A community-first focus is paying dividends for shopping centre owner GPA, with its Empire Village Shopping Centre becoming a new focal point in City Beach.
GPA has spent $10 million redeveloping the centre, drawing on its history of being the mess hall for athletes competing at the 1962 Empire Games.
Director George Atzemis said GPA's aim was to provide significant amenity through a high-quality tenant mix.
To that end, GPA has provided six restaurants or cafes, hand-picked by retail specialist Lease Equity, as well as a 24-hour supermarket operated by James Kelly, whose Taylor Road IGA in Nedlands was named the best IGA in Australia earlier this year.
'Tm not a developer that wants to just be a landlord and get the rents in; I've probably softened over the years and I'm more interested in the facility as a community thing," Mr Atzemis told Business News.
"As the years have gone by and you get a more mature outlook on these things, you can see what we've contributed to the streetscape and the lifestyle of the community.
"And the common buzz around the area is everyone believes the value of their property has gone up."
Mr Atzemis said the Empire Village centre, which was formerly known as the Boulevard Shopping Centre City Beach and was extensively damaged by fire in 2014, was now thriving, particularly on weekend evenings.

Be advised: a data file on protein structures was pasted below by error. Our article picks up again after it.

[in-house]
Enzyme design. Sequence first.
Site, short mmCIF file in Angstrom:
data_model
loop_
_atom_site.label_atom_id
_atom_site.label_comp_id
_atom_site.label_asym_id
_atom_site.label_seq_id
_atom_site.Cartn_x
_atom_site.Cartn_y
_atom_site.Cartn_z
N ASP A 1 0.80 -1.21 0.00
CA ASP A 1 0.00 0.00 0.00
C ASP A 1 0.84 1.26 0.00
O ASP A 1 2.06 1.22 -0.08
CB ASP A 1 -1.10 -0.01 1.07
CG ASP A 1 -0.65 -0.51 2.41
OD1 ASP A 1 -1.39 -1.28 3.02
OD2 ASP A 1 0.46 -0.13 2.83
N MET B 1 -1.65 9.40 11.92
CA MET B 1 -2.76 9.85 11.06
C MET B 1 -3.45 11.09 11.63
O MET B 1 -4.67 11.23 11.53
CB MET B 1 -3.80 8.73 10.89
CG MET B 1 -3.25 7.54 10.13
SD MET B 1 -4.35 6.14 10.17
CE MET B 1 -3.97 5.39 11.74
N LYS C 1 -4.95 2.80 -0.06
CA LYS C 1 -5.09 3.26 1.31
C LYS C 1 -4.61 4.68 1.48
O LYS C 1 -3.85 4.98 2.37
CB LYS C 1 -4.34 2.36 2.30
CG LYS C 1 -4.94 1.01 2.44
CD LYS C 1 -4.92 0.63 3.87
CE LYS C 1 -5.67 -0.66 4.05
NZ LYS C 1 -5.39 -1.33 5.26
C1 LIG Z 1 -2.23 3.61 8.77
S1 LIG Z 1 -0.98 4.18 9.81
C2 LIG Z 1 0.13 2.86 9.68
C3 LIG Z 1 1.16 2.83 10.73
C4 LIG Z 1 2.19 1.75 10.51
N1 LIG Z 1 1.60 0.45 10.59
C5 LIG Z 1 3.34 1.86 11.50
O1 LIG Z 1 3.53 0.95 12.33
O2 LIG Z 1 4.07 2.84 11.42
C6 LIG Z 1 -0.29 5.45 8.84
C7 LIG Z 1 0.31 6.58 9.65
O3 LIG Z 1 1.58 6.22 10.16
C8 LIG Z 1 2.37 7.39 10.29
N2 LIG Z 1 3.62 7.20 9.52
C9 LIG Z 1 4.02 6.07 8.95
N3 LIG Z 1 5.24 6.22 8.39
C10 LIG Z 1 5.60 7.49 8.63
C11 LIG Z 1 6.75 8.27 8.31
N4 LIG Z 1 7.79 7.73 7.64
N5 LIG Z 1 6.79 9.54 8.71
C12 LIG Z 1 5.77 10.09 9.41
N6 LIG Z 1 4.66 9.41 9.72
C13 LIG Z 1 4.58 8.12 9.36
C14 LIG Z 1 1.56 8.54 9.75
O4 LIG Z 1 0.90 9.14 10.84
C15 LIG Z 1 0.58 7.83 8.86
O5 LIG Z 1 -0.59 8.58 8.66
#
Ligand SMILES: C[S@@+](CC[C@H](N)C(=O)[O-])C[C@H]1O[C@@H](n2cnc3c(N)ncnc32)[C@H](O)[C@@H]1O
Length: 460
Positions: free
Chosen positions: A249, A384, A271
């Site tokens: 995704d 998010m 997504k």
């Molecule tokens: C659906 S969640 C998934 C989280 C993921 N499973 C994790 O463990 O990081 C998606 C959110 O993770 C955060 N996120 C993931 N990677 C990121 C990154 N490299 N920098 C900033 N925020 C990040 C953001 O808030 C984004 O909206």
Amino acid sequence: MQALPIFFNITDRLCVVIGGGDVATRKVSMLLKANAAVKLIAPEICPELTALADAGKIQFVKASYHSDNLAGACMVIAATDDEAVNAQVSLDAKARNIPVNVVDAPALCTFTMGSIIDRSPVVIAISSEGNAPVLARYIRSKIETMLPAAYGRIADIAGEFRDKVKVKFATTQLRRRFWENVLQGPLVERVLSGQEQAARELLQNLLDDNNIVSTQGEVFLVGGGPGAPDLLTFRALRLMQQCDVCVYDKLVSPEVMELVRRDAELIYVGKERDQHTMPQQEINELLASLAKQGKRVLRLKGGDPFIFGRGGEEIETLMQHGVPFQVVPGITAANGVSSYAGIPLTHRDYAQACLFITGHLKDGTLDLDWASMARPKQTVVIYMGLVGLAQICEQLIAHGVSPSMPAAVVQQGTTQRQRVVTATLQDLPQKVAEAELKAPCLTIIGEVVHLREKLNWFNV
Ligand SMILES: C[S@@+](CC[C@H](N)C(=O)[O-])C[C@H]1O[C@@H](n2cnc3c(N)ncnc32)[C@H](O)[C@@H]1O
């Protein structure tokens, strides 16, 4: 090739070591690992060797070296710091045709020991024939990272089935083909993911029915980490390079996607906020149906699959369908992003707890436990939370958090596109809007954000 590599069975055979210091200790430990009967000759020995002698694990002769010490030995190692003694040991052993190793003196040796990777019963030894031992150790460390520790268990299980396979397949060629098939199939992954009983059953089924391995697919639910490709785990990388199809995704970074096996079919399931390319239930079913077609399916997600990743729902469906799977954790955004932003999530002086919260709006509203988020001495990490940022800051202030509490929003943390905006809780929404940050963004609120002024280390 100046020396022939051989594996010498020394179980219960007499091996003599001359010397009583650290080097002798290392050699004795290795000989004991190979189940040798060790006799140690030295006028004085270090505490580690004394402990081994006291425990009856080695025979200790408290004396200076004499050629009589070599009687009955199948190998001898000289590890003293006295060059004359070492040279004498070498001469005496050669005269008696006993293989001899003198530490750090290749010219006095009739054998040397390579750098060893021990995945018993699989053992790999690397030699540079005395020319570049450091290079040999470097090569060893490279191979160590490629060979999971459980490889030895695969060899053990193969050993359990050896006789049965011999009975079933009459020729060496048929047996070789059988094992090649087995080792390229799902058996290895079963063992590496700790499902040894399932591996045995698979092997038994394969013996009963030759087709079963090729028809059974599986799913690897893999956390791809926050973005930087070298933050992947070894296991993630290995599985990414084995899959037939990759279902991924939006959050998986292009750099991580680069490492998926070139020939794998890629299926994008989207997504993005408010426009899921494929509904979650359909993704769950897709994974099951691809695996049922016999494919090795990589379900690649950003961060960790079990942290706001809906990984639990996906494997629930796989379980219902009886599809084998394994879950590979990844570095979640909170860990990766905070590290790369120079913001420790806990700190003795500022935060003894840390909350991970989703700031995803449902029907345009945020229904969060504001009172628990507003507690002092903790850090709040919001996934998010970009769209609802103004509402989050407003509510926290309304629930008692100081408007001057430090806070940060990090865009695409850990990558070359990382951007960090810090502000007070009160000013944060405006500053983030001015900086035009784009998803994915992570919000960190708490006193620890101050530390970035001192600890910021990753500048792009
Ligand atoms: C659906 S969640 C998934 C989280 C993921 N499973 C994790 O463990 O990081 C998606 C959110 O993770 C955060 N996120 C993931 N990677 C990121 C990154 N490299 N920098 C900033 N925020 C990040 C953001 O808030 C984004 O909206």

GPA director Peter Atzemis said instead of dwelling on the fire as a negative, he and his father set about turning it into an opportunity.
"We travelled very shortly after the centre burned down and went over to the states," he said.
"I saw some really interesting food-based marketplaces and got really excited and thought 'this is something we could really explore in our venue now'."
George Atzemis said GPA has planned to redevelop the centre prior to the fire, with the project first discussed more than 10 years ago.
"We've been ready to go for 10 years, there was a bit of a hold up in the council structure, not with the full council but with a group of councillors who didn't want the place to change," he said.
"It's interesting how they are there now every day enjoying the facilities."
Peter Atzemis said operators at Empire Village, most of which had been retained from the old centre, had reported their busiest-ever trading periods since it opened.
He said GPA's strategy to draw on the centre's history through public art had given it a leg-up against its competitors.
"The ability to have a story and the way we've set the public art up, as a timeline of the Empire Games, people comment on it constantly," Peter Atzemis said.
"The older people in the area remember certain things about the space, so there is definitely a real nice historic story that we've been able to tell with our interpretive art."